4. I had a similar experience with a TV channel I got when I subscribed to premium cable (not anymore). It was on the "Latino packet", and would show American movies dubbed into Mexican Spanish. I think watching Dirty Harry in that channel was one of the most sublime film experiences I ever had.

    ReplyDelete
  5. I don't know if it could fit in your syllabus, and I know very little about Middle Eastern culture to chime in. However, in my experience, it has always been helpful to bring an example that contradicts a common stereotype that students may have. One of them can be the idea of "Arab" culture as homogeneous and oppressive. And I put Arab in quotes because the idea I have is from Iran.

    One of the few things I know something about is the incredible breath of the cinema there (with all the political complications, like Jafar Panahi's incarceration. But maybe you could show clips of the film (the films can be boring for a Western audience, so I would be careful) or articles of the success of different Iranian directors abroad, and then open a discussion of how do they think it would happen if Iran was the axis of evil repressive tyranny that the US purports it is. Showing that at least a woman, Samira Makhmalbaf (granted, she has the privilege of being the daughter of well-know director Mohsen Makhmalbaf) was part of the group can help to show how certain gender issues are more complicated than they thought.

    I don't know if all the material has to be in Arabic, but I would include short texts by Arab women involved in political movements in the Arab world, some article (in English) that you agreed with by a scholar about some of the most polemic topics, and maybe a controversy over a specific issue showing the different opinions about it.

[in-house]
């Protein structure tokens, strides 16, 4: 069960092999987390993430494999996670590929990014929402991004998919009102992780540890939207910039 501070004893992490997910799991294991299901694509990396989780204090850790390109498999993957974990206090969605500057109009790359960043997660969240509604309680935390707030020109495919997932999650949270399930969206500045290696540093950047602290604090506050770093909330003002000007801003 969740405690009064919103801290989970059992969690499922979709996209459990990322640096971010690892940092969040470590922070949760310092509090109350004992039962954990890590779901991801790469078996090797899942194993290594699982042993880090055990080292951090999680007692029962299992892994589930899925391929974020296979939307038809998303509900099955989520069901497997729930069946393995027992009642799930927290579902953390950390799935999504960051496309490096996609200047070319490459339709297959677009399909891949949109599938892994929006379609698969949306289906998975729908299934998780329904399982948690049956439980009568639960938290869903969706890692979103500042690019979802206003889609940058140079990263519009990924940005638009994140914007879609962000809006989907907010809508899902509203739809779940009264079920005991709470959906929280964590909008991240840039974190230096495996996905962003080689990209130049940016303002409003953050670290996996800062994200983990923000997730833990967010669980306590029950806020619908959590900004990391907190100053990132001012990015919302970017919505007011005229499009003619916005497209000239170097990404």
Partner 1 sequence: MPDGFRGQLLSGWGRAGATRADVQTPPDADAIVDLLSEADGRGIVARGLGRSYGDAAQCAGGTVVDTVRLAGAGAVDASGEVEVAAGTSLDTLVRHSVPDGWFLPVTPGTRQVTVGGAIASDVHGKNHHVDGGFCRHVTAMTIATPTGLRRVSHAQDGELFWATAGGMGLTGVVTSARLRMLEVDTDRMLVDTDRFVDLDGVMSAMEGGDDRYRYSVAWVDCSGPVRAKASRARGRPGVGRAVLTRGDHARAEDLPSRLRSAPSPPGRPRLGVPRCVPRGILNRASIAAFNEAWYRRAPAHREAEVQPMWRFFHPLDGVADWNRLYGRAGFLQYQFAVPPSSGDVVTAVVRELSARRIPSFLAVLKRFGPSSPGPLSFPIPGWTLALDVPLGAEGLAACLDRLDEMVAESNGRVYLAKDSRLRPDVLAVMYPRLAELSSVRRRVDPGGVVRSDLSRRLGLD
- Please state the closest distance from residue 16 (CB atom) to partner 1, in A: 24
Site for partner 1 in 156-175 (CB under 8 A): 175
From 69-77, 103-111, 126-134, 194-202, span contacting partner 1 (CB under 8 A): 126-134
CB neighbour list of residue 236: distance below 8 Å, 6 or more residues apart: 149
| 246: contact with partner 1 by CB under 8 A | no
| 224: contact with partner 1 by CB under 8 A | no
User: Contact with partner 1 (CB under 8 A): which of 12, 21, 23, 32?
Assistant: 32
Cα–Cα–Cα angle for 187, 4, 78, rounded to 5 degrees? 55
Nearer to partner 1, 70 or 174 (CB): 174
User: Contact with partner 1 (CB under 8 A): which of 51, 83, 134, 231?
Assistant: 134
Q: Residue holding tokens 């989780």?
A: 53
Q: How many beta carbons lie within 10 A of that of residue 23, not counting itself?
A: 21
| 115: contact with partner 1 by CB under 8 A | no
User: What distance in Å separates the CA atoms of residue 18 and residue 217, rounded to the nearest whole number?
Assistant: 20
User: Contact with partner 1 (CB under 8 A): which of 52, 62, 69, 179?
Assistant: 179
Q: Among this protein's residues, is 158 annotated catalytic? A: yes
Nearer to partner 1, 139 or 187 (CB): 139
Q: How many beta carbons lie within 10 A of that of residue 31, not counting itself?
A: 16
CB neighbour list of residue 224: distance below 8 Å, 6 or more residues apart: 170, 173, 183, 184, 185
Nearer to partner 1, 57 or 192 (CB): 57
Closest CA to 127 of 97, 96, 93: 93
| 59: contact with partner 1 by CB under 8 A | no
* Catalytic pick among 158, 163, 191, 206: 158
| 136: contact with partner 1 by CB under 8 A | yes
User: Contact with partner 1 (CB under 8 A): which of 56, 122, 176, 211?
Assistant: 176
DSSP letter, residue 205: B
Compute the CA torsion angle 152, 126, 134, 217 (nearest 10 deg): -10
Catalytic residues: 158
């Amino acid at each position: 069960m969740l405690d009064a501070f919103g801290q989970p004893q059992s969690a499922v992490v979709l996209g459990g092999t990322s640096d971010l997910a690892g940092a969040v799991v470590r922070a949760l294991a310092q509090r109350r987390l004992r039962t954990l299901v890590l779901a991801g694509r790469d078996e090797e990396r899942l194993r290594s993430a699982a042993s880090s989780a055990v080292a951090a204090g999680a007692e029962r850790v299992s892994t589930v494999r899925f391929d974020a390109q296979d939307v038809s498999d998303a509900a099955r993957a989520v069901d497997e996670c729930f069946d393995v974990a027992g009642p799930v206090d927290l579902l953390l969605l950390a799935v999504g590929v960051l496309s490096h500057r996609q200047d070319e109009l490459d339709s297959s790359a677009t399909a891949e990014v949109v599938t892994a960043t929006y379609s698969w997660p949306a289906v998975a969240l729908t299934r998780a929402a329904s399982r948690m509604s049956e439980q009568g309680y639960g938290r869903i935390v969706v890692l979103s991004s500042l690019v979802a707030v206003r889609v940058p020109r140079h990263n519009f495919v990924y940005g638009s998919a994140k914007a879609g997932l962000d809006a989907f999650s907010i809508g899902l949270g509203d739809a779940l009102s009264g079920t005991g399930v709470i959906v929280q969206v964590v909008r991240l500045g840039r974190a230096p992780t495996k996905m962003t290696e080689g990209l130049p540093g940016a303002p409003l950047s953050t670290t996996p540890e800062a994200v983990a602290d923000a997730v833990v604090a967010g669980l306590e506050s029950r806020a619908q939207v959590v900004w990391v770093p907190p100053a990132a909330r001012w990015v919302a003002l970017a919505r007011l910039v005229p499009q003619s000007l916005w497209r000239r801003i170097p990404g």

Again, I don't know if this is way too advanced, but I'm sure you can get a couple of ideas out of them. And feel free to ask me more about Iranian cinema, if you are interested in the topic.

    ReplyDelete
  6. Films are a good idea (although their dialect knowledge is not great, so I'd have to subtitle them which would be a lot of work). Bringing in different opinions is a good idea too, particularly as I could find lots of viewpoints about, say, wearing the hijab to demonstrate that this isn't a settled or for/against issue.

    ReplyDelete
  7. Many directors are available on Amazon with subtitles: Jafar Panahi, some by Samira Makhmalbaf, Abbas Kiarostami. Netflix is another possibilty. And although the names escape me, I know there are 1 or 2 Egyptian director well-known in the International Film Festival circuit. That probably means that you would find them on Amazon. Maybe you could check which ones are available (university library, local library, Netflix), and an assigment can be that they watch one movie out of a list that you create and write a reaction paper following certain guidelines that would address issues that you consider are important.

    ReplyDelete
  8. I will look--the problem is that I tend to dislike the ones that are important enough to get subtitles (I don't mean the Iranian ones, which I am not familiar with). Obviously, there are some that I like though. Or, I tend to think a particular movie would be perfect, and then it's not subtitled.

    ReplyDelete
  9. I only know the Iranian ones, because they were quite the rage in the International Film Festival circuit in the late 90s, and Argentina has an audience for those movies so they usually get released (at least on DVD). There was a 2 year period in Argentina where an Iranian film would be release in the movie theaters every two month. Some were great, others not so much.

    ReplyDelete
  10. I realize now that I don't know if those movies are in Arabic or in Farsi. Another thing you should check out.

    ReplyDelete